When I was a missionary in the Philippines I learned to appreciate the jokes of my hosts and co-workers. I say “learned to” because their sense of humor is quite different from mine. Much of their humor is based on wordplay and therefore difficult for a non-Tagalog speaker to appreciate. For instance, one of their favorites was to ask, “Why is Kuya Kurt (meaning “Brother Kurt”) like water? Answer: “They are both too big.” Then they would double over, practically rolling on the ground with laughter.
For you non-Tagalog speakers, the word for water is “tubig”. For those of you who haven’t been to the Philippines, the average height of a man is 5’4” and a woman is 4’11”. My 6’4” frame certainly did seem “too big”. When we hosted basketball teams from the U.S. with guys much taller than me, they seemed like giants! Little children would often put their hands on top of their heads and measure themselves against these guys that made ME feel short!
Measuring ourselves is something we all do, especially those who are competitive by nature. But at the end of the day there is always someone who is faster, stronger, prettier, smarter, or more successful than we are. In Philippians 3, Paul describes the worldly success he had, but considered it garbage compared to knowing Christ. On Easter Sunday we celebrated the fact that we too can experience the power of Christ’s resurrection, both here on this earth and one day together in glory. Paul describes it as “straining forward to what lies ahead”.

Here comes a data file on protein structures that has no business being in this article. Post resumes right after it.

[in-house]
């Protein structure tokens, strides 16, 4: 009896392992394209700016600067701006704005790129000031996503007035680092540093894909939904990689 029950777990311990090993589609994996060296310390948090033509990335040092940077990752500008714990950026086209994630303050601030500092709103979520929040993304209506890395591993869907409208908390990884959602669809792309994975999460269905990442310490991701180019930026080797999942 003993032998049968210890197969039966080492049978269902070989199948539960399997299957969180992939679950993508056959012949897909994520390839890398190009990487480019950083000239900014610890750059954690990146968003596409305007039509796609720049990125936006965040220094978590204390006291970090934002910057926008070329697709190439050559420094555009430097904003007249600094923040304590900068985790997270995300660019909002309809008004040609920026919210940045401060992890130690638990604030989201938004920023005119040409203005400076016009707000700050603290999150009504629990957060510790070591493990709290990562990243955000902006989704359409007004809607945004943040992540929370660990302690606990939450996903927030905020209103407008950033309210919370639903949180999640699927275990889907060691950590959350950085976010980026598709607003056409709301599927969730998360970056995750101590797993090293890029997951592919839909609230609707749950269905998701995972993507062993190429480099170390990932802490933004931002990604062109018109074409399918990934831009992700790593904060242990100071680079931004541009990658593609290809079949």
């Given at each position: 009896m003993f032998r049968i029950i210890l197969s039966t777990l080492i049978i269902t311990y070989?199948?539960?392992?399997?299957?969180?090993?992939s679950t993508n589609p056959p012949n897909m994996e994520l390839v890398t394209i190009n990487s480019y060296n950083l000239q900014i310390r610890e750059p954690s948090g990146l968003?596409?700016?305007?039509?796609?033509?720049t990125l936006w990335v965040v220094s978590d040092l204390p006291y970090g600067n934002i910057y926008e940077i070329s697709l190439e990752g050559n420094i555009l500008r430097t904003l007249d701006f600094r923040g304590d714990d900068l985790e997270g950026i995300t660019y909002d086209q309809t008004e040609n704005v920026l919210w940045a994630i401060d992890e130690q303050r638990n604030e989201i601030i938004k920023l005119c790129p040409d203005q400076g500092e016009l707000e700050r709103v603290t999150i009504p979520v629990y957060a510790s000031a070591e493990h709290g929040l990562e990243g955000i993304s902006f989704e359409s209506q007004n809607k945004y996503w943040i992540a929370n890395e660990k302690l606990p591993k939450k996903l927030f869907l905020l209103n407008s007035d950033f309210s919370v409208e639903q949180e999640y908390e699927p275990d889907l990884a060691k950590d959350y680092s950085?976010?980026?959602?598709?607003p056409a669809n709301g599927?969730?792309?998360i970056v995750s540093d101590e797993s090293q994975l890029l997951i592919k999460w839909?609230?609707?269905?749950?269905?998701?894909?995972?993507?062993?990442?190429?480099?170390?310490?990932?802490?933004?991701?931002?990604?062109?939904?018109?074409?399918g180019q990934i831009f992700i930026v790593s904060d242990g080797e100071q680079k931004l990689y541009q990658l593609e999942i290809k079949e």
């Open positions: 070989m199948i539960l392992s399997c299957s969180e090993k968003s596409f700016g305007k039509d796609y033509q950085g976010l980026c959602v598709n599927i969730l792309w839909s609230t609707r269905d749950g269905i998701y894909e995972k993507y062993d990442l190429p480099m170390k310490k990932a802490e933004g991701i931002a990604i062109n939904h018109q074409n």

Ah, but that’s where “measuring up” creeps in again. Comparing ourselves with one another in the church, either negatively or positively, leads to feelings of inferiority, OR pride and legalism. Paul made it clear in Philippians 3:12-16 that even he hadn’t “arrived”. We’ve ALL got a long way to go. The question is, “Are you moving forward?”
Speaking of moving forward, some of you noticed the beautiful flowers and campus improvements last Sunday. This Sunday you won’t miss the new planters we’ve installed in the patio area. These serve two functions. First, they are beautiful and colorful. Second, they are part of an ongoing effort for us to have a safe church facility. God is our protector (Ps. 91) so we trust Him AND we are wise when we gather many us together to worship the Lord. These large planters provide a barrier against anyone who would want to use a vehicle to harm people on our patio. If you have any further questions about our planters or campus safety, let me know and I’ll direct you to the right people.
P.S. I wish I had a nickel for every time I’ve mixed up “Philippians” and “Philippines”! I’d be at least a dollar richer today! J